Too often, when families talk about finances it means dealing with some tense moments. “How much did you spend on that?!” Conversations can be more like unplanned outbursts that do more damage than good. As households combine and families get larger, the potential for miscommunication grows.
According to the most recent census, there were over 500,000 stepfamilies and more than 400,000 multigenerational households in Canada. In fact, families with three or more generations living under one roof are the fastest growing household type in Canada. Often overlooked are the financial challenges these families must work through.
Combining the finances of two or more households that may include parents, adult children, young kids and/or grandparents can be a complicated and sometimes messy process. To achieve financial harmony, communication is key.
Expanding your family typically happens in stages, giving you time to adjust financially. However, combining two households or multiple generations into one can increase your financial responsibilities seemingly overnight. One survey found that prior to moving in together, 40 per cent of blended families didn’t discuss family finances, although most wished they had. If you each come from different backgrounds, parenting styles or money habits, there’s bound to be some conflict. The same can be said for multigenerational families who may be unprepared to take in adult children or elderly parents.
Whether you’re moving in with elderly parents or bringing your parents or adult kids to live with you, it’s essential to get all household members on the same page, at least financially. Instead of butting heads, take some time to improve your family’s financial health by using some of these strategies:
Being on the same page as your partner or other family members can help avoid conflict. Set a time each month to check in with each other and hold one another accountable. Track your progress to stay motivated. Consider scheduling family meetings to learn more about financial topics like credit cards, short- and long-term savings options, retirement savings, credit scores, student loans and more.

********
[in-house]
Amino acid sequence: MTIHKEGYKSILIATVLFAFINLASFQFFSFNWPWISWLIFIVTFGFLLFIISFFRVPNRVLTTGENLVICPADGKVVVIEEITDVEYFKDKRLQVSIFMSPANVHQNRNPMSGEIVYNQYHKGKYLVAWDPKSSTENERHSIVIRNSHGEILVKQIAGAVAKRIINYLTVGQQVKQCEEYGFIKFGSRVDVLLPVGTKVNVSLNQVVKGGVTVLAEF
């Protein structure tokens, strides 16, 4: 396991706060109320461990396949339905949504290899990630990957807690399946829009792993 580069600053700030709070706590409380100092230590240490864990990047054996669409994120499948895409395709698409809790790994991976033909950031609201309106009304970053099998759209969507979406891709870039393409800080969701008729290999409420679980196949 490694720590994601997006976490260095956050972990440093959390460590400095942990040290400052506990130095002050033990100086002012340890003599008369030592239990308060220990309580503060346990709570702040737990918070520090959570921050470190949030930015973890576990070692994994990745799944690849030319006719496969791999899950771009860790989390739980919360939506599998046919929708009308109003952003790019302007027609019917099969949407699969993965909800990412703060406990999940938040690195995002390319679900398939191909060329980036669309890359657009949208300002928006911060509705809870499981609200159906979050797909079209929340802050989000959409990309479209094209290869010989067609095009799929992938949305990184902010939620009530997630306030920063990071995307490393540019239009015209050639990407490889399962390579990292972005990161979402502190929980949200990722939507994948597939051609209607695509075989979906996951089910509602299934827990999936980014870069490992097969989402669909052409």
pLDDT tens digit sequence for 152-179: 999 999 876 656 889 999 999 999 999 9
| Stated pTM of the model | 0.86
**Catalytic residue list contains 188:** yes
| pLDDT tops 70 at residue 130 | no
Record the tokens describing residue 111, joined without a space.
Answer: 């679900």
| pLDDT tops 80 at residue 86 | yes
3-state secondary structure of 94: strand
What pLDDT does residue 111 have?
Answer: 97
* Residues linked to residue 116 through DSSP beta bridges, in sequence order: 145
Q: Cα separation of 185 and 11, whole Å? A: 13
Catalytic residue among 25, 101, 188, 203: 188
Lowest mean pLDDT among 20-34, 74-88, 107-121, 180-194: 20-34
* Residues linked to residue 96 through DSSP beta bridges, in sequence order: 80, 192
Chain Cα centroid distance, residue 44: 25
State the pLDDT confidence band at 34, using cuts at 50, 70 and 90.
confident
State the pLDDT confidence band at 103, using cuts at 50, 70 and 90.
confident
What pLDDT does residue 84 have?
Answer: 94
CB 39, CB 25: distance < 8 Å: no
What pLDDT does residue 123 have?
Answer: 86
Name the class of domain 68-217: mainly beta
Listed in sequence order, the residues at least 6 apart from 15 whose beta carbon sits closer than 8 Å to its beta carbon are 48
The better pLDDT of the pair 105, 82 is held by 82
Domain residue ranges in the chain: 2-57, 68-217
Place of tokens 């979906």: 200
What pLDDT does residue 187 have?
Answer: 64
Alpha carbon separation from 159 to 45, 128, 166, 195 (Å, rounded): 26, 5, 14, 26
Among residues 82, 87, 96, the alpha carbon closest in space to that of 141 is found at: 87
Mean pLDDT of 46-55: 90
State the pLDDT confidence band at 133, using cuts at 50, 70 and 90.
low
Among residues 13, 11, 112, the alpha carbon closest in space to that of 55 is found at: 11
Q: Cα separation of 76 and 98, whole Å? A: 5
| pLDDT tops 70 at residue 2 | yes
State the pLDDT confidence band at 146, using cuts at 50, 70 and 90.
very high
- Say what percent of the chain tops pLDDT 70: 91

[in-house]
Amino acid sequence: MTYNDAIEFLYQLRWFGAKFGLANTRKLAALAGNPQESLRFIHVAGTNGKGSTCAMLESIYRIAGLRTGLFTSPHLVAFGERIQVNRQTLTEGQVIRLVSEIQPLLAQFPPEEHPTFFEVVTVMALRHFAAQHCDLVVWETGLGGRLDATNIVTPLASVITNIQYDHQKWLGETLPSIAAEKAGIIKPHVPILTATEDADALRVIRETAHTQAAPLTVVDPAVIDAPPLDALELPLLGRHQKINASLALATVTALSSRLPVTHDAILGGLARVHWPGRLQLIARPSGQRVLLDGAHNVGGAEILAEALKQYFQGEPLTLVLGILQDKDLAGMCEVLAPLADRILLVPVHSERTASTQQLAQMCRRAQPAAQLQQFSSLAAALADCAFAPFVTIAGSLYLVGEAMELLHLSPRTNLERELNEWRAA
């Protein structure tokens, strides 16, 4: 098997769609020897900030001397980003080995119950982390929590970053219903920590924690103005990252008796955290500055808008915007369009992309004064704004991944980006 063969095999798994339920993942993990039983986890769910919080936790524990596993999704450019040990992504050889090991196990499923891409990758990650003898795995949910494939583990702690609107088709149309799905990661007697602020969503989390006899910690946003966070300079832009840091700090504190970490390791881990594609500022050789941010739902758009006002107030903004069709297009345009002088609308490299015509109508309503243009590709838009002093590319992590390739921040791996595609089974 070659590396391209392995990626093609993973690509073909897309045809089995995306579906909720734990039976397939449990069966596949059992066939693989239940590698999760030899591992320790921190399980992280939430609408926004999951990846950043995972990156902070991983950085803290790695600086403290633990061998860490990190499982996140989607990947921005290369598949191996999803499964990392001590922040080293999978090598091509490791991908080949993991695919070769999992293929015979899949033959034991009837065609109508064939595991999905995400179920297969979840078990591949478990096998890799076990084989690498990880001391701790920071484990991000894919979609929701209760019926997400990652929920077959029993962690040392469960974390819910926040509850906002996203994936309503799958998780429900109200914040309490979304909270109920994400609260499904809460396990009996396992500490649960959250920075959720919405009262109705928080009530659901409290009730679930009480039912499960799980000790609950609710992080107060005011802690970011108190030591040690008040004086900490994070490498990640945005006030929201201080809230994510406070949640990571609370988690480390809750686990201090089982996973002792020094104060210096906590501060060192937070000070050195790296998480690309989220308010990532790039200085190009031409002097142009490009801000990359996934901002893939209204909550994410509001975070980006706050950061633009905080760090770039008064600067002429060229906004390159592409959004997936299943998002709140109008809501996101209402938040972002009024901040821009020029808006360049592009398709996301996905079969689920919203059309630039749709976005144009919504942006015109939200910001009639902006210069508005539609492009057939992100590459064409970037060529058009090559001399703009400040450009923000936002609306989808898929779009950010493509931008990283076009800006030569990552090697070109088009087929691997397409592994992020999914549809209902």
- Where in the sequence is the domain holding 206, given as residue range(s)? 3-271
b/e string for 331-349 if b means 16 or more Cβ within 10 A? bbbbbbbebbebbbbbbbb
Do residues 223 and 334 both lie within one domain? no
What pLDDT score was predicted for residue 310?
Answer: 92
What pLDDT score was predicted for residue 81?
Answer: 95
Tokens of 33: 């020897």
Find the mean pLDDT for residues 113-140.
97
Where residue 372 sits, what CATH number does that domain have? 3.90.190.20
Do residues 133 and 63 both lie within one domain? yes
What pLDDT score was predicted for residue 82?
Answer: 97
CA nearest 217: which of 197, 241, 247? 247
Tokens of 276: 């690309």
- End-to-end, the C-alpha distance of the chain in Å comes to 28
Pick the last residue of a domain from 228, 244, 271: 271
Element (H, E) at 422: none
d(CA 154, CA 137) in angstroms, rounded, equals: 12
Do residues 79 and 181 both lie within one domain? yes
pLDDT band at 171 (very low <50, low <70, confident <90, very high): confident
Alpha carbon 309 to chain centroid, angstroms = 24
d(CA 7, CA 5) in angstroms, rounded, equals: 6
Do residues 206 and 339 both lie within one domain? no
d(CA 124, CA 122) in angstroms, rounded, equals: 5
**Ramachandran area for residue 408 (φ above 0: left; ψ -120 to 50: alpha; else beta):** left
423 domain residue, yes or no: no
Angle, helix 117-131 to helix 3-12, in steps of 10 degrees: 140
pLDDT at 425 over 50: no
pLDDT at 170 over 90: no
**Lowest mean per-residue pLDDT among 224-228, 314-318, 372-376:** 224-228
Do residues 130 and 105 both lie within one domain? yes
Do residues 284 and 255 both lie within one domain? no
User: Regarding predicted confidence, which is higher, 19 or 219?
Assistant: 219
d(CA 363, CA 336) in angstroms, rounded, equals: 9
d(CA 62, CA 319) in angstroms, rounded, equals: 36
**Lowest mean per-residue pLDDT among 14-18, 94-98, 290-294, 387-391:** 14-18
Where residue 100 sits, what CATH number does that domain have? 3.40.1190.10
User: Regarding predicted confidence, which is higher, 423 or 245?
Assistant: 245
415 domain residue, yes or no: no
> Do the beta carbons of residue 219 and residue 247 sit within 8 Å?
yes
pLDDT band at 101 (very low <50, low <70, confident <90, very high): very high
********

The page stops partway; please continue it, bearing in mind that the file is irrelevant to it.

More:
If you’re newly remarried with children, budgeting will be essential. You may need to work out childcare expenses or child support payments, along with all the other financial needs for your newly blended family. If you’re accommodating adult children or parents, lay all cards on the table and discuss combined incomes. Decide which family member will pay for what. Or, in the case of an adult son or daughter who is unexpectedly without work, talk about what tasks each family member can take on to keep the household running smoothly.
If you’re re-married, chances are you’re both bringing your own debts into the marriage. You may also already have joint debt. Now is the time to figure out whether you’ll combine debts or keep them separate. Take time to go over all your debt numbers and plan to pay it off. Debt can seriously hinder your savings efforts and derail your financial goals. If you’re paying down debt and making little progress, compare your debt relief options or speak to a Licensed Insolvency Trustee for advice.
More people in the house means more groceries, electricity, hydro and transportation costs. Talk about money–saving strategies that will help cut costs such as shorter showers, shopping smarter, carpooling, etc. Eventually, these become small financial habits that can have a big long-term impact. This is also a good time for spouses to talk about long, medium and short-term savings goals as well as setting up an emergency fund.
A change in family situation is a good opportunity to go over some financial basics with the kids. Sometimes, it’s a good refresher for parents too. Before making a purchase, ask kids to think about whether it’s a necessary expense or a want. Teach them the importance of healthy spending habits, saving up for wants with allowance and birthday money and finding the best value for things they need.
Is your blended family dealing with debt challenges? Meet with a Licensed Insolvency Trustee to discuss strategies for paying off debt.
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